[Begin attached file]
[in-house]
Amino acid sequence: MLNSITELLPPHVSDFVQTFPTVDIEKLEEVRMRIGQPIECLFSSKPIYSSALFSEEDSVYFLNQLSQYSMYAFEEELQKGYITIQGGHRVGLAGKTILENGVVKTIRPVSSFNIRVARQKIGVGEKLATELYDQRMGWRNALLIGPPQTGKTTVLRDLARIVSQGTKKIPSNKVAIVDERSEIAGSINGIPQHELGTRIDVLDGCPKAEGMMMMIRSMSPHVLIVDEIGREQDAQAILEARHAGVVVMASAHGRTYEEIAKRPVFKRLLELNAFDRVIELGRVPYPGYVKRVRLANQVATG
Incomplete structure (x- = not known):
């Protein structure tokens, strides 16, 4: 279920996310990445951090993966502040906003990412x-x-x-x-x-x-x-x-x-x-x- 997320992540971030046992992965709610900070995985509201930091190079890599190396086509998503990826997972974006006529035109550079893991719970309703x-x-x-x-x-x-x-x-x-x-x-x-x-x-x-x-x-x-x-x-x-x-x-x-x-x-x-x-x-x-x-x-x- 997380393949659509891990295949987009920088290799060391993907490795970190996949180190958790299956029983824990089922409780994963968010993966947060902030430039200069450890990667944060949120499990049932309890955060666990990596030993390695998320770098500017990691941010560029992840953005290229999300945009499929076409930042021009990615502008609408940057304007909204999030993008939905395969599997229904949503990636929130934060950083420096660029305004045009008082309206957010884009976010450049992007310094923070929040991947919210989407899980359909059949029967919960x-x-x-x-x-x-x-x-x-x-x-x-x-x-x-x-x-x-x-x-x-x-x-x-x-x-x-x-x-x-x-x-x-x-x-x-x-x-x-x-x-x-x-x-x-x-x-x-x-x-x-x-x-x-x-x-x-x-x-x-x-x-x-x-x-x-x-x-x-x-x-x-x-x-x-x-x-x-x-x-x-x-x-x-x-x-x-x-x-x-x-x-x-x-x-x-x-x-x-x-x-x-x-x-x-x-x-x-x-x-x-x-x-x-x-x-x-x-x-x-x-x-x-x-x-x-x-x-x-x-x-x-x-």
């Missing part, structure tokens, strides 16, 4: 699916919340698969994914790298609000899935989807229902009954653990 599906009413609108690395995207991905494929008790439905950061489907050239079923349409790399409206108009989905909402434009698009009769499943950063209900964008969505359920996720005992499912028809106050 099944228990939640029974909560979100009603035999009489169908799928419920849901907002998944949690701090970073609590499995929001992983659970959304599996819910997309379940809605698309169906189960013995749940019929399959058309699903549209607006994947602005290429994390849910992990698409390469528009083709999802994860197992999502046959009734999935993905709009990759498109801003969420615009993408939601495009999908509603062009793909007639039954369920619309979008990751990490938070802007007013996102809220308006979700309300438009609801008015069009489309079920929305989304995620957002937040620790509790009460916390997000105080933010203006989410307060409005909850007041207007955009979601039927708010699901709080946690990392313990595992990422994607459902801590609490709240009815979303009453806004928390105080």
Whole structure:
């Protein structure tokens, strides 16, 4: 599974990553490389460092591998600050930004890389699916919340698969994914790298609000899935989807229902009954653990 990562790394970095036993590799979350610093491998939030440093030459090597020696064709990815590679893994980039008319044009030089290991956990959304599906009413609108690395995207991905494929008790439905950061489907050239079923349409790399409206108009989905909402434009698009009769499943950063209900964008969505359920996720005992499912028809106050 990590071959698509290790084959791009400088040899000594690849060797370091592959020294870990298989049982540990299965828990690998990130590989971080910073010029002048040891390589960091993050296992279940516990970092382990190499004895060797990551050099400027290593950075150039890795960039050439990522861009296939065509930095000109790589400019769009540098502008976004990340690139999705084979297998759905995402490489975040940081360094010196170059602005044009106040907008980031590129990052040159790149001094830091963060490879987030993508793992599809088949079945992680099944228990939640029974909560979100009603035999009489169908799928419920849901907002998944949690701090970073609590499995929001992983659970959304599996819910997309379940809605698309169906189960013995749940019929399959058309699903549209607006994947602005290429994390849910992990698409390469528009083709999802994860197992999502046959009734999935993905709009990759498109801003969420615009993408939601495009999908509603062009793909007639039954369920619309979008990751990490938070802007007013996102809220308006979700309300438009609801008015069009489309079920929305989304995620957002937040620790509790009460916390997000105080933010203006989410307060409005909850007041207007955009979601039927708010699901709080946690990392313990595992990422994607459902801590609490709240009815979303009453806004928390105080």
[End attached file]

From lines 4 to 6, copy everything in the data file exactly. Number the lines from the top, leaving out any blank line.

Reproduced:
């Protein structure tokens, strides 16, 4: 279920996310990445951090993966502040906003990412x-x-x-x-x-x-x-x-x-x-x- 997320992540971030046992992965709610900070995985509201930091190079890599190396086509998503990826997972974006006529035109550079893991719970309703x-x-x-x-x-x-x-x-x-x-x-x-x-x-x-x-x-x-x-x-x-x-x-x-x-x-x-x-x-x-x-x-x- 997380393949659509891990295949987009920088290799060391993907490795970190996949180190958790299956029983824990089922409780994963968010993966947060902030430039200069450890990667944060949120499990049932309890955060666990990596030993390695998320770098500017990691941010560029992840953005290229999300945009499929076409930042021009990615502008609408940057304007909204999030993008939905395969599997229904949503990636929130934060950083420096660029305004045009008082309206957010884009976010450049992007310094923070929040991947919210989407899980359909059949029967919960x-x-x-x-x-x-x-x-x-x-x-x-x-x-x-x-x-x-x-x-x-x-x-x-x-x-x-x-x-x-x-x-x-x-x-x-x-x-x-x-x-x-x-x-x-x-x-x-x-x-x-x-x-x-x-x-x-x-x-x-x-x-x-x-x-x-x-x-x-x-x-x-x-x-x-x-x-x-x-x-x-x-x-x-x-x-x-x-x-x-x-x-x-x-x-x-x-x-x-x-x-x-x-x-x-x-x-x-x-x-x-x-x-x-x-x-x-x-x-x-x-x-x-x-x-x-x-x-x-x-x-x-x-």
């Missing part, structure tokens, strides 16, 4: 699916919340698969994914790298609000899935989807229902009954653990 599906009413609108690395995207991905494929008790439905950061489907050239079923349409790399409206108009989905909402434009698009009769499943950063209900964008969505359920996720005992499912028809106050 099944228990939640029974909560979100009603035999009489169908799928419920849901907002998944949690701090970073609590499995929001992983659970959304599996819910997309379940809605698309169906189960013995749940019929399959058309699903549209607006994947602005290429994390849910992990698409390469528009083709999802994860197992999502046959009734999935993905709009990759498109801003969420615009993408939601495009999908509603062009793909007639039954369920619309979008990751990490938070802007007013996102809220308006979700309300438009609801008015069009489309079920929305989304995620957002937040620790509790009460916390997000105080933010203006989410307060409005909850007041207007955009979601039927708010699901709080946690990392313990595992990422994607459902801590609490709240009815979303009453806004928390105080």
Whole structure: